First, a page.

Brits to lap up warmest weekend in three MONTHS as temperatures soar to 16C after weeks of freezing ice

BRITS are set to enjoy the warmest weekend in three MONTHS as temperatures soar to 16C on Saturday after weeks of freezing ice and rain.

The winter snow, ice, and frost may be behind us, with mercury set to stay in the mid-teens into next week across parts of southern England.

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Temperatures are set to hit a balmy 16C this weekend for southern Brits – bringing hope that warm Spring weather is on the horizon.

According to BBC Weather, temperatures in London will be in the mid-teens on Saturday – and the mild weather is set to stay until next week.

But instead of sunshine, most parts of the UK will have to feel the warmer weather through widespread cloudy skies.

The last time temperatures hit highs of 16C was November 18 last year in London – and the hottest day since was February 2, where 14.2C was recorded in Cardiff.

This comes after a month of freezing weather which has seen severe snowfall across the UK.

On Wednesday night last week, the UK’s coldest temperature for 65 years was recorded in Aberdeenshire when locals endured -23C.

The River Thames froze over for the first time in 60 years as the Beast from the East 2 blasted Britain.

SPRING IN YOUR STEP

The Baltic blast froze Trafalgar Square's fountains and brought large amounts of snowfall to regions across the country.

But not everyone in Britain will be enjoying a mild weekend – with the Met Office issuing four yellow weather warnings for rain on Saturday and Sunday.

Parts of southern England, Wales, and western Scotland will face persistent, heavy rain which will cause flooding and disruption to transport.

Interruptions to power supplies and other services are possible in the affected areas as they battle the February deluge.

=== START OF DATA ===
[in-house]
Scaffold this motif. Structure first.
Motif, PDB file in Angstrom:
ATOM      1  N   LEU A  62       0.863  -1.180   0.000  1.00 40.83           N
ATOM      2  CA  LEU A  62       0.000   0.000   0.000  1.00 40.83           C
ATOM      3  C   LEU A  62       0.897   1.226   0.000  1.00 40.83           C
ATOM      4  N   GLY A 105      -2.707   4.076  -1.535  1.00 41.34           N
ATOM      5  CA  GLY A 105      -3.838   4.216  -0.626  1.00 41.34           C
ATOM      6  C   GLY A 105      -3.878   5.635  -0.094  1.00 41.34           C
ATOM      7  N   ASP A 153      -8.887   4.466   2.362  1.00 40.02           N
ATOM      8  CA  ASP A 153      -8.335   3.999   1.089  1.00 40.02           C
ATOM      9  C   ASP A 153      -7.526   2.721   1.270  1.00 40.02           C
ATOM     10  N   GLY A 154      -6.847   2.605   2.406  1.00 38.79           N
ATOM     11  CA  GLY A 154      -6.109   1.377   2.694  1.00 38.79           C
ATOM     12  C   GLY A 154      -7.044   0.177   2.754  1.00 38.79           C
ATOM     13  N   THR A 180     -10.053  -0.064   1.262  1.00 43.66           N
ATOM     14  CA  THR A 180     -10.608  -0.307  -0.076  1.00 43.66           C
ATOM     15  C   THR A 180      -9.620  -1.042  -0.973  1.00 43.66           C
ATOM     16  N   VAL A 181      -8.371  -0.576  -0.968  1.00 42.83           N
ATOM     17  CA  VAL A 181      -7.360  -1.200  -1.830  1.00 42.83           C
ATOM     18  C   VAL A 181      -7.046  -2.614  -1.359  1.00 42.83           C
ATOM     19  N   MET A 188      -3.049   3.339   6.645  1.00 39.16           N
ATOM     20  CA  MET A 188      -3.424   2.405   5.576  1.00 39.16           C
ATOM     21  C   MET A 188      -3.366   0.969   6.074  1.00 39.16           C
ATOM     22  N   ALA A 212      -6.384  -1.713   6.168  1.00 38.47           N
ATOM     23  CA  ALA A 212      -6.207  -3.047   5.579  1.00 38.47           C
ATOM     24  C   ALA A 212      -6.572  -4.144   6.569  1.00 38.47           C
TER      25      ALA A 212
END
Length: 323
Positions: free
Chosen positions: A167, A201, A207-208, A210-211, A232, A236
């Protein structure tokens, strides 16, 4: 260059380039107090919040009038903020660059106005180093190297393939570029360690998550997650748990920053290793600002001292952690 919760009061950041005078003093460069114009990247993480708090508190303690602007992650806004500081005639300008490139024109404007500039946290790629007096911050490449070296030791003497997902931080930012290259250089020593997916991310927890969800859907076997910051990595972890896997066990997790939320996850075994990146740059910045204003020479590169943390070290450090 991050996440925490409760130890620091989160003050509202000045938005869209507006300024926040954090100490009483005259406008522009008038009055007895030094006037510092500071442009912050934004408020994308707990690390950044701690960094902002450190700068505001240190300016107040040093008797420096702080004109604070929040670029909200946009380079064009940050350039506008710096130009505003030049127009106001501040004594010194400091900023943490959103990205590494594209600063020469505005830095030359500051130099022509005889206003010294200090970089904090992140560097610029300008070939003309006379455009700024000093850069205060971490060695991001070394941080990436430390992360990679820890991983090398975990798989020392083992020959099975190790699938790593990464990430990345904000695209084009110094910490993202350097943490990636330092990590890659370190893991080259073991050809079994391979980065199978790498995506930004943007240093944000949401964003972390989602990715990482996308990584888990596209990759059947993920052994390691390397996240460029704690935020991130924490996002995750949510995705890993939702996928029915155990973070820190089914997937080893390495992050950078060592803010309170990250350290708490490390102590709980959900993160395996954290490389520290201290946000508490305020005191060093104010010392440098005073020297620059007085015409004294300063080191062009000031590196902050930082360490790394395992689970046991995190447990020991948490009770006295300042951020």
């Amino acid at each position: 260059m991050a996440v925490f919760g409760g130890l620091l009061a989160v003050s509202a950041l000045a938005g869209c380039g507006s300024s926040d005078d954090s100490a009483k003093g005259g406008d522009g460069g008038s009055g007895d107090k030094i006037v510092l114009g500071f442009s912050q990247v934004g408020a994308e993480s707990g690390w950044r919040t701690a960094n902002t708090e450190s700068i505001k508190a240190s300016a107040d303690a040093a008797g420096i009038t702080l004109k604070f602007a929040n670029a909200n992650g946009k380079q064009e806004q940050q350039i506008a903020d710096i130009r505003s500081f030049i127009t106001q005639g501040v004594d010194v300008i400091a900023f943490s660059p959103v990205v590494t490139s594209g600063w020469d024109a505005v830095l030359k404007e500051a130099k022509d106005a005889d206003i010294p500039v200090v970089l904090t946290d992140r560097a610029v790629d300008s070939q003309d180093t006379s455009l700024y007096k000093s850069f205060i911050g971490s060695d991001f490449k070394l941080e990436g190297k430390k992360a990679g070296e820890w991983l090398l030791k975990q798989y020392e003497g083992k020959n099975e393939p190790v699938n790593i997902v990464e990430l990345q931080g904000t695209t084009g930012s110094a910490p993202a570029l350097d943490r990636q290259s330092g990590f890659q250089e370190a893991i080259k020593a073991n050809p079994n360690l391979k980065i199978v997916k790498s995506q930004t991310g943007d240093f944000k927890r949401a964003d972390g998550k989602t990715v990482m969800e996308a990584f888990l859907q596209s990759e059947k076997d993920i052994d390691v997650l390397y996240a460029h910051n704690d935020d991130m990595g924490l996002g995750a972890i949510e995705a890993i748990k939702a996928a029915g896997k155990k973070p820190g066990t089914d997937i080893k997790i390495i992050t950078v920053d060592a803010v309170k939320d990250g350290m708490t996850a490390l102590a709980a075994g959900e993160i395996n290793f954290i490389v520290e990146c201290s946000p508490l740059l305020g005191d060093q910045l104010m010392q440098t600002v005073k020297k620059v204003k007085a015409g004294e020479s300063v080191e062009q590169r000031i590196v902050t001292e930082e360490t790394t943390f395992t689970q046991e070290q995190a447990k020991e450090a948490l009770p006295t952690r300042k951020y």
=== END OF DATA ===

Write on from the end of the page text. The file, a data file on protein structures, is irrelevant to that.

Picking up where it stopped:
The Met Office said: "Following recent rain, and further rain on Thursday, another band of rain is expected to become slow moving over Wales and western England on Friday.

"Whilst many places will see a spell of heavy rain, high ground of southwest England and south Wales, exposed to the south, will likely see the largest rainfall totals.

"Here, some 70-100 mm of rain is possible, with the most exposed parts of Dartmoor and the Brecon Beacons potentially seeing up to 150 mm by Sunday lunchtime.

"As well as heavy rain, strong to gale force southerly winds will be an additional hazard."

The southern weather warnings will be in place for a total of 51 hours – lasting until midday on Sunday.

And in Scotland, melting snow is likely to contribute to the flood risk in the area.

Across England today, there are nearly 70 flood alerts and warnings in place as coastal gales and rain are expected to cause problems to transport.

Tomorrow, the Met Office predicts an east-west split, with "wet and windy" conditions in the west and drier weather in the east.

Occasional sunny breaks are predicted tomorrow, most likely in south east England, but some patchy downpours could arrive in eastern and central areas.




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